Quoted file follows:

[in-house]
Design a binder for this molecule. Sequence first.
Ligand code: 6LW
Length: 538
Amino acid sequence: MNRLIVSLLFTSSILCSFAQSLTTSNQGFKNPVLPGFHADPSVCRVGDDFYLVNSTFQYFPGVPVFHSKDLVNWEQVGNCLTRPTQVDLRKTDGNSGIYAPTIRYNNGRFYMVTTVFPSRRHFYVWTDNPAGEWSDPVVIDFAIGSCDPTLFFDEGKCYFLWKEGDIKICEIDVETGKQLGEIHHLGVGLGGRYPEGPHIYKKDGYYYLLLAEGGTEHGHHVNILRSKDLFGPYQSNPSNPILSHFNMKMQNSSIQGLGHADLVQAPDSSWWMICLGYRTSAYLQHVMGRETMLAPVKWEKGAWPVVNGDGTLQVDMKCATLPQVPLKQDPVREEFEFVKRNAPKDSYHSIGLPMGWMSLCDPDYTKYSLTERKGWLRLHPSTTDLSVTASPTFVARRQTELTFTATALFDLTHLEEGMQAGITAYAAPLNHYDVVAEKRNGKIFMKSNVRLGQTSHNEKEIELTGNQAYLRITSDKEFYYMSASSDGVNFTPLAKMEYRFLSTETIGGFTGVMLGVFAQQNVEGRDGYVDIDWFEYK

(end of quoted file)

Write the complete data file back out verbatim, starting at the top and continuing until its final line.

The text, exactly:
[in-house]
Design a binder for this molecule. Sequence first.
Ligand code: 6LW
Length: 538
Amino acid sequence: MNRLIVSLLFTSSILCSFAQSLTTSNQGFKNPVLPGFHADPSVCRVGDDFYLVNSTFQYFPGVPVFHSKDLVNWEQVGNCLTRPTQVDLRKTDGNSGIYAPTIRYNNGRFYMVTTVFPSRRHFYVWTDNPAGEWSDPVVIDFAIGSCDPTLFFDEGKCYFLWKEGDIKICEIDVETGKQLGEIHHLGVGLGGRYPEGPHIYKKDGYYYLLLAEGGTEHGHHVNILRSKDLFGPYQSNPSNPILSHFNMKMQNSSIQGLGHADLVQAPDSSWWMICLGYRTSAYLQHVMGRETMLAPVKWEKGAWPVVNGDGTLQVDMKCATLPQVPLKQDPVREEFEFVKRNAPKDSYHSIGLPMGWMSLCDPDYTKYSLTERKGWLRLHPSTTDLSVTASPTFVARRQTELTFTATALFDLTHLEEGMQAGITAYAAPLNHYDVVAEKRNGKIFMKSNVRLGQTSHNEKEIELTGNQAYLRITSDKEFYYMSASSDGVNFTPLAKMEYRFLSTETIGGFTGVMLGVFAQQNVEGRDGYVDIDWFEYK